New Details about SRAM’s ETAP Wireless Rear Derailleur

Although unannounced, everybody knows by now that SRAM is coming out with a wireless, electronic drivetrain. In the press, the system has become to be known as “eTap”. Judging from SRAM’s Valentine’s Day 2014 trademark application, which describes SRAM’s intent to use ETAP with “Bicycle parts, namely, gear shifting mechanisms, brakes, cranks and derailleurs,” the groupset will likely be branded as eTap.

Last week, SRAM’s patent application US 14/061138 published as US 2015/0111675, which provides details about SRAM’s new wireless rear derailleur. As BikeRadar has reported, the rear derailleur includes a lithium-ion battery 178:

SRAM Battery 1SRAM Battery 2

And, as seen in the below photos by RoadBikeReview, the battery will be interchangeable between front and rear derailleurs:

rd 1 roadbikereview fd 1 roadbikereview

An interesting innovation disclosed in the application is how the SRAM rear derailleur accounts for impacts without damaging the internal gearing – simply, the connection between the internal gears and the parallelogram includes a dutch spring mechanism that can absorb any impacts without transferring the impact to the internal gears.  In FIGs. 15a, 15b, and 15c below, the views are looking up from below the derailleur such that the rear wheel and in-board direction are to the right.  As shown below, the leg 52a of the spring 52 deflects to absorb an impact from the left.

SRAM 15a

SRAM 15b

SRAM 15c

In the event of a crash or other side impact (a force directed from left to right in FIGS. 15a, b and c), if the force of the impact overcomes the preload in the torsion-type dutch spring 52, the links of the linkage 32 rotate clockwise about their pivot pins 28, deflecting the leg 52a of the spring as shown in FIG. 15b. Thus, the linkage 32 is able to move without imparting any movement to the gears 106 in the gearbox 44. When the impact force is removed from the derailleur 20, the spring leg 52a will push against the drive arm 48 and cause the derailleur to go back to its normal state shown in FIG. 15a.

And, as expected in a wireless system, the derailleur includes a radio chip 194, but not much more than that is disclosed about the radio chip 194 in this application.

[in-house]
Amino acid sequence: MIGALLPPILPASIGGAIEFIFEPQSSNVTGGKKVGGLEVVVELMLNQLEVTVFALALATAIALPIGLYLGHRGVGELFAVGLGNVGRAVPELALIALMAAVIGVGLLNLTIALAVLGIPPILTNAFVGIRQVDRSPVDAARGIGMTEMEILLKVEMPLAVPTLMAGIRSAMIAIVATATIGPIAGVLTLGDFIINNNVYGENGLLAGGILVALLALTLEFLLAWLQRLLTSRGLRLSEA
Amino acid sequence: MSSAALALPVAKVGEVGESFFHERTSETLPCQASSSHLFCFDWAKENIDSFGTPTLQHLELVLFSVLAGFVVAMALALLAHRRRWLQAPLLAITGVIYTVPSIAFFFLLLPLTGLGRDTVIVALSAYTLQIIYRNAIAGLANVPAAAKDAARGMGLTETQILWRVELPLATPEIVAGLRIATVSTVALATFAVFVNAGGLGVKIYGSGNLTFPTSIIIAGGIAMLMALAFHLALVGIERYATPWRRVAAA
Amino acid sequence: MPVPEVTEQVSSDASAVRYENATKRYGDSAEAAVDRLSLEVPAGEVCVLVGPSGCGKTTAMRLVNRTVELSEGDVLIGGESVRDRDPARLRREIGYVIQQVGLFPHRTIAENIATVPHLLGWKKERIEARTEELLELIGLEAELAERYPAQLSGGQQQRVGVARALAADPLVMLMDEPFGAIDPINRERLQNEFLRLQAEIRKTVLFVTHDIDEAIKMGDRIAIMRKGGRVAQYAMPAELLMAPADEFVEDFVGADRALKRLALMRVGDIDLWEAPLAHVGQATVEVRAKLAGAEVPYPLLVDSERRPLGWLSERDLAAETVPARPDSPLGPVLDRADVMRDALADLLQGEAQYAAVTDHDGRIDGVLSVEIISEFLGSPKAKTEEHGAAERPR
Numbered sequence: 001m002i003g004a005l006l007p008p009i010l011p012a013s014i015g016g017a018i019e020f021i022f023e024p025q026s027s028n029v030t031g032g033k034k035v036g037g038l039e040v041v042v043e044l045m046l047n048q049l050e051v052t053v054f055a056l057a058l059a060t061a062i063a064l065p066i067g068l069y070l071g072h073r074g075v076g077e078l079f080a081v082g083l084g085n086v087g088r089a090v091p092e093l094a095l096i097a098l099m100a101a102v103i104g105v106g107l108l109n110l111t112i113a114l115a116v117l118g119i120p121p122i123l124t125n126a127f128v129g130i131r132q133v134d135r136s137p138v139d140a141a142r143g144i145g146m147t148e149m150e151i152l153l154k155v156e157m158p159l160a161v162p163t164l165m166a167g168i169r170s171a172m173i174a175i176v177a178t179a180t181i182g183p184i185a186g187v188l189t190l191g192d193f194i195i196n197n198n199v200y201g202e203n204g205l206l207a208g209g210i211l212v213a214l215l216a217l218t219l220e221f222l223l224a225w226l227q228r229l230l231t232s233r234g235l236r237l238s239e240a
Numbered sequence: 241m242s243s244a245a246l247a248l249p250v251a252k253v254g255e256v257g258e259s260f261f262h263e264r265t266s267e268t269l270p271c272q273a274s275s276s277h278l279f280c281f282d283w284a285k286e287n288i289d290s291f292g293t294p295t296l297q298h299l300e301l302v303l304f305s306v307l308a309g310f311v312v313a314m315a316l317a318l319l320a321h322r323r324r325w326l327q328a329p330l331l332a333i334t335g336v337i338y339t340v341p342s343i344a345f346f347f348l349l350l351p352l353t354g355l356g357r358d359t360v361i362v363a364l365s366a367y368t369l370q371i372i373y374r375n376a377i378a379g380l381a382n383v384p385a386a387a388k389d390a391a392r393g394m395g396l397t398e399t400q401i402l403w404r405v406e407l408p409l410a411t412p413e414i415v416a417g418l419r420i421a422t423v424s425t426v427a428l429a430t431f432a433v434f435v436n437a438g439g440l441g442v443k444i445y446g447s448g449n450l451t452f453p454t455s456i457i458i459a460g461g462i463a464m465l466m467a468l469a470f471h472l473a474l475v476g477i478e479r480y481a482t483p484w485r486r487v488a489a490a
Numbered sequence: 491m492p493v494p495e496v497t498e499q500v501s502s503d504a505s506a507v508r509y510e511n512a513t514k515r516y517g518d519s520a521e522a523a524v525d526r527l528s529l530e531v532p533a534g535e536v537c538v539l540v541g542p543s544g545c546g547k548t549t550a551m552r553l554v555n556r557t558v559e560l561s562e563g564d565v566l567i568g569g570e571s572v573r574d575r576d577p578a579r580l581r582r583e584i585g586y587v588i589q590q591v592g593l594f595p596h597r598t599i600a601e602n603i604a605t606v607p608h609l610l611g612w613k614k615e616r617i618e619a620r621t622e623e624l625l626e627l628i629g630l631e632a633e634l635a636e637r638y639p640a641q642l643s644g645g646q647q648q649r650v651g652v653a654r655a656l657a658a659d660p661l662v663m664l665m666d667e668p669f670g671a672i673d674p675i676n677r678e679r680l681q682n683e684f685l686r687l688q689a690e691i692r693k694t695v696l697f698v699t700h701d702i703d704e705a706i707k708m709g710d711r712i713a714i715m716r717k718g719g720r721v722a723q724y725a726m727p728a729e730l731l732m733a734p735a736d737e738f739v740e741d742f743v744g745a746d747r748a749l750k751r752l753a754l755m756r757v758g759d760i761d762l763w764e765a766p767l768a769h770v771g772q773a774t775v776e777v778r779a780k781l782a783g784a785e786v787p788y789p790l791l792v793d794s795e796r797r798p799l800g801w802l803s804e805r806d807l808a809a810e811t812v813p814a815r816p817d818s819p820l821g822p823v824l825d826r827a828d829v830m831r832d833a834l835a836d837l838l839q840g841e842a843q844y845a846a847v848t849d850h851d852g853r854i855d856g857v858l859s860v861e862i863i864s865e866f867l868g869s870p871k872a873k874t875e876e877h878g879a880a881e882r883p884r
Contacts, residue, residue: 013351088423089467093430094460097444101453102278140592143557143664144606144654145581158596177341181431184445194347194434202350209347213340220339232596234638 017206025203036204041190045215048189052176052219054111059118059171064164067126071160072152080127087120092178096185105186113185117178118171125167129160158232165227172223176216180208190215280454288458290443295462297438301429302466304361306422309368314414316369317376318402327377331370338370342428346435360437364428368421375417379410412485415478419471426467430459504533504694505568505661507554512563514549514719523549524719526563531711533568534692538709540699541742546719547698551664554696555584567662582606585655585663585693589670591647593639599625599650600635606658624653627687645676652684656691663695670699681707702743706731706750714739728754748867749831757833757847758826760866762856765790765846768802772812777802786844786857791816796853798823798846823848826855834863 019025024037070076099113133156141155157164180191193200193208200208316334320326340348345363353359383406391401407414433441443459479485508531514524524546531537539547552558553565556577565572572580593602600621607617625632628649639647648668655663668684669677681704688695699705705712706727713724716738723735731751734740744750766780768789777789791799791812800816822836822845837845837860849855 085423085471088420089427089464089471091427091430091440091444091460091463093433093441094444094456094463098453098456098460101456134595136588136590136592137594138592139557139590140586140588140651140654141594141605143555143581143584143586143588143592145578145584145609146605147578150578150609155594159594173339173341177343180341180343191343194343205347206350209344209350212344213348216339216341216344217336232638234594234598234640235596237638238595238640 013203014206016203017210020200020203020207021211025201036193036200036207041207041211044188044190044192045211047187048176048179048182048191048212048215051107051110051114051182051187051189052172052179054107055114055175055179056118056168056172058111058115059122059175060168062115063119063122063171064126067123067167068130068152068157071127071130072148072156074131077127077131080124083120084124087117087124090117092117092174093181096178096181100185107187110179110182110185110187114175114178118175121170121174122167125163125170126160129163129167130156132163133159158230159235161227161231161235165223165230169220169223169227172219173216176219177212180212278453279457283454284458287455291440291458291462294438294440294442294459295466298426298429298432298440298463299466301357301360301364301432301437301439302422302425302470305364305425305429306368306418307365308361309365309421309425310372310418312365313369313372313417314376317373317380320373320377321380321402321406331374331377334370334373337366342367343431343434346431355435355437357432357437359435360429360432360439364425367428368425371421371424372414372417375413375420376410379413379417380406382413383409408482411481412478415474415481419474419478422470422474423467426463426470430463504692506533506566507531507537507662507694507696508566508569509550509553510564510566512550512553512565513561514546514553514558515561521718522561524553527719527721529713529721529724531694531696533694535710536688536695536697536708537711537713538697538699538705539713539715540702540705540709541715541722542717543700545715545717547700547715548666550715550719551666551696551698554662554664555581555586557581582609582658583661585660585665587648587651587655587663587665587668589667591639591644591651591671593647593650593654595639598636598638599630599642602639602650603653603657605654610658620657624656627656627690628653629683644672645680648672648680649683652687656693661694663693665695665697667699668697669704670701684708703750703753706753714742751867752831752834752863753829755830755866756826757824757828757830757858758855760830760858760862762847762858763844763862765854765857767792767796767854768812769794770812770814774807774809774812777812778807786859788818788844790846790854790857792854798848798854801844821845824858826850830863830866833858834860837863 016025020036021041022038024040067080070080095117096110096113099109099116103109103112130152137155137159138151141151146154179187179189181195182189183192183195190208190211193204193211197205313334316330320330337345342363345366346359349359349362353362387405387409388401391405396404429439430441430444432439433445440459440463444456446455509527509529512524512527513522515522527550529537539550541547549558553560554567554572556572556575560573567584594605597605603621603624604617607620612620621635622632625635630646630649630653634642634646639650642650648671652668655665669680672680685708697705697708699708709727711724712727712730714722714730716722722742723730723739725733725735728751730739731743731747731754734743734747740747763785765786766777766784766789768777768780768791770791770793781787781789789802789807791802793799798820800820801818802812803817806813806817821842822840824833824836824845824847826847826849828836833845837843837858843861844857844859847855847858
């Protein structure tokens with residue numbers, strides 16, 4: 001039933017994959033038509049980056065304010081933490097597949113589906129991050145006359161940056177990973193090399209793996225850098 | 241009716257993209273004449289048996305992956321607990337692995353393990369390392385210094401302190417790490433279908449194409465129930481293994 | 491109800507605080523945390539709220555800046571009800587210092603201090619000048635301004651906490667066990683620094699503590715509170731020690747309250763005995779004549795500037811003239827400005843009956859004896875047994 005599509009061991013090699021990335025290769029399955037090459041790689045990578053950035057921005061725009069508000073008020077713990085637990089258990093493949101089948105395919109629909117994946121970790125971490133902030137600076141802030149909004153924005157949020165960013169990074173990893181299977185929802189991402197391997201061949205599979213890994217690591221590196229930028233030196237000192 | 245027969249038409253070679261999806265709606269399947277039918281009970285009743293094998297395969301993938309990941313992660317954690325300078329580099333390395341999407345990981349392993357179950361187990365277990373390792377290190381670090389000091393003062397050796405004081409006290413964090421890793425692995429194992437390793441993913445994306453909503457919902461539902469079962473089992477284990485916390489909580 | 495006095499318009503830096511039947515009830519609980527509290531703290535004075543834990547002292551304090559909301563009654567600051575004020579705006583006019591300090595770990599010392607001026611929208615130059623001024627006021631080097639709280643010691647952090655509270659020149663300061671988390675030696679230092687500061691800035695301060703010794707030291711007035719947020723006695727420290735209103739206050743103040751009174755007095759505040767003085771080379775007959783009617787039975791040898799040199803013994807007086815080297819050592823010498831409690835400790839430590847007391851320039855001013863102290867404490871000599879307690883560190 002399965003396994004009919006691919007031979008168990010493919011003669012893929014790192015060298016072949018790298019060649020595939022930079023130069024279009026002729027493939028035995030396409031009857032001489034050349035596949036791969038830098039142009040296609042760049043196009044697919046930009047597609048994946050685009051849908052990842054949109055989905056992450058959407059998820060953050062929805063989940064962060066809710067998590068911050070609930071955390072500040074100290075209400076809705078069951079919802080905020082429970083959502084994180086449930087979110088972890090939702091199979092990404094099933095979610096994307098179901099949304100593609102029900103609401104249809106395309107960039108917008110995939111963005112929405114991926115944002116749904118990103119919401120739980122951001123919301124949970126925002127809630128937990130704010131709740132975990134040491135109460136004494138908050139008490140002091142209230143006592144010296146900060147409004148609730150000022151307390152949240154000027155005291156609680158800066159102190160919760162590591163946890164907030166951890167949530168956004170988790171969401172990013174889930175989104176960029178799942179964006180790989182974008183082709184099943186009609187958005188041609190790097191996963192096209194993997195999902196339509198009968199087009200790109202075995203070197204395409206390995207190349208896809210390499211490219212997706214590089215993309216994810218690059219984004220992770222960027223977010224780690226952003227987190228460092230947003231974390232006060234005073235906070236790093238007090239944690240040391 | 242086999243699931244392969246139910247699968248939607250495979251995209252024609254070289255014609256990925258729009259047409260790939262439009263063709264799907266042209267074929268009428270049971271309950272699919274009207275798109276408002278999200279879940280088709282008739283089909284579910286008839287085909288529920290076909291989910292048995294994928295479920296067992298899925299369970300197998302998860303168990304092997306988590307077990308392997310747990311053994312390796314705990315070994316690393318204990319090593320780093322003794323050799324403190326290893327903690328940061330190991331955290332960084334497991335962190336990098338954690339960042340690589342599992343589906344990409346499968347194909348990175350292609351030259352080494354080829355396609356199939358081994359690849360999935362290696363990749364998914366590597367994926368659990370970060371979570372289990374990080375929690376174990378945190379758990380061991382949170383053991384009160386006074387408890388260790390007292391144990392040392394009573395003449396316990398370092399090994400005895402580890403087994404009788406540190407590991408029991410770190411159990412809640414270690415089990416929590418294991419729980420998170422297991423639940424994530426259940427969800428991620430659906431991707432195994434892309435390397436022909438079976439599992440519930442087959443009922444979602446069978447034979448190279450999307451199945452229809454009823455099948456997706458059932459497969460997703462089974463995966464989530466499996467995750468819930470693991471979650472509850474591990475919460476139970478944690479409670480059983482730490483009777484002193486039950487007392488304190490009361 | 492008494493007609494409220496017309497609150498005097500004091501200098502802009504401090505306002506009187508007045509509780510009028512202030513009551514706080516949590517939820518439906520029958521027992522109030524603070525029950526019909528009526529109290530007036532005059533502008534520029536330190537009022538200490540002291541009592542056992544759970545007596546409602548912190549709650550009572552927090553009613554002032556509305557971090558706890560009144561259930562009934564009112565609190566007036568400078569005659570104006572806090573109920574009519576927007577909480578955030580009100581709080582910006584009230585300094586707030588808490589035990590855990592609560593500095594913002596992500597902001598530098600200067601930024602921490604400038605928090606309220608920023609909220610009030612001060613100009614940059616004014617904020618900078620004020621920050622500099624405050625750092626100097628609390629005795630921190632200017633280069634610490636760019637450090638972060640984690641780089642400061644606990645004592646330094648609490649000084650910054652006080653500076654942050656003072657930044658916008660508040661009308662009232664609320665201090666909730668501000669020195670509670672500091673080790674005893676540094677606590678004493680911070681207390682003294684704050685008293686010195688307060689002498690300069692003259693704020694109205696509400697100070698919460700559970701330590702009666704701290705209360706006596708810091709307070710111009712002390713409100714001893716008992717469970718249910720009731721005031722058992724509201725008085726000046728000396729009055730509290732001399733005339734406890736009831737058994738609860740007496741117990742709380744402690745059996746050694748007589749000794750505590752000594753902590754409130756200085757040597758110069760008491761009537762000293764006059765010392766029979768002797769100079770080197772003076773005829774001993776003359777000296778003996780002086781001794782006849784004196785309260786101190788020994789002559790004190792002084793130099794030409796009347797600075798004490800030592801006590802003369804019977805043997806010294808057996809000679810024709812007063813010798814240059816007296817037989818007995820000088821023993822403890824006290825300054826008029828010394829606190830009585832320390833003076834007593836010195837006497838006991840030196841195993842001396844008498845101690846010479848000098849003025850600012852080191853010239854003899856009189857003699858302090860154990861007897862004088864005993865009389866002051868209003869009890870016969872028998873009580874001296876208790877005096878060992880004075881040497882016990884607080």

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Shimano’s Chainstay Derailleur and Chain Tensioner

To complement the SRAM narrow-wide chainring post, I was looking for patents by Shimano drawn to their 1x drivetrain chainrings in view this MBR article. I haven’t come across exactly what I’m looking for but I did find some Shimano patents and applications directed to chainstay derailleurs and chain tensioners. I haven’t seen these things on anything new, but Shimano is at least pursuing IP related to them – Shimano responded, on March 12, 2015, to a restriction requirement issued by the USPTO in US 20140357437.

FIG. 1 from US 2014-0357437 shows Shimano’s current iteration:

shimano app fig 1

And, US 7,905,805, issued to Shimano on March 15, 2011, highlights some of the advantages of placing the derailleur and chain tensioner on the chainstay:

Furthermore, the location of the tension device 250 at about mid-way between the gear changing device 232 and the front sprocket of the bicycle ensures that the expanse of unsupported drive chain 218 [] is minimized, as compared to other designs []. The above factors beneficially reduce the flopping movement [] of the chain 218 during the impact and absorption of the impact force, as compared to other designs.

In addition to the above benefits, the rear derailleur device 230 of the embodiment of the present invention allows for a reduction in the size and weight of the device adjacent the rear sprocket 216. For example, note that the gear changing device 232 is smaller in size and weight than the rear derailleur 330 in FIG. 6A. Additionally, the rear derailleur device 230 of the embodiment of the present invention reduces or prevents entanglement of the drive chain with the gear changing device 232 when the tension device 250 pivots due to impact.

I admit that I’ve been fortunate to never have a derailleur go into my rear wheel, but I’ve seen it and the frustration it’s caused. Could the chainstay derailleur and chain tensioner be the solution?

Application: US 14/066,943
Application Status: Response Filed on March 12, 2015, Published as US 2014-0357437
Assignee: Shimano, Inc.
Related Patents/Applications: Continuation in Part of US 13/910,043, under non-final rejection and published as US 2014-0357436.

Application: US 12/101,673
Application Status: Issued on March 15, 2011, as US 7,905,805
Assignee: Shimano, Inc.
Related Patents/Applications: N/A.

SRAM’s Single Chainring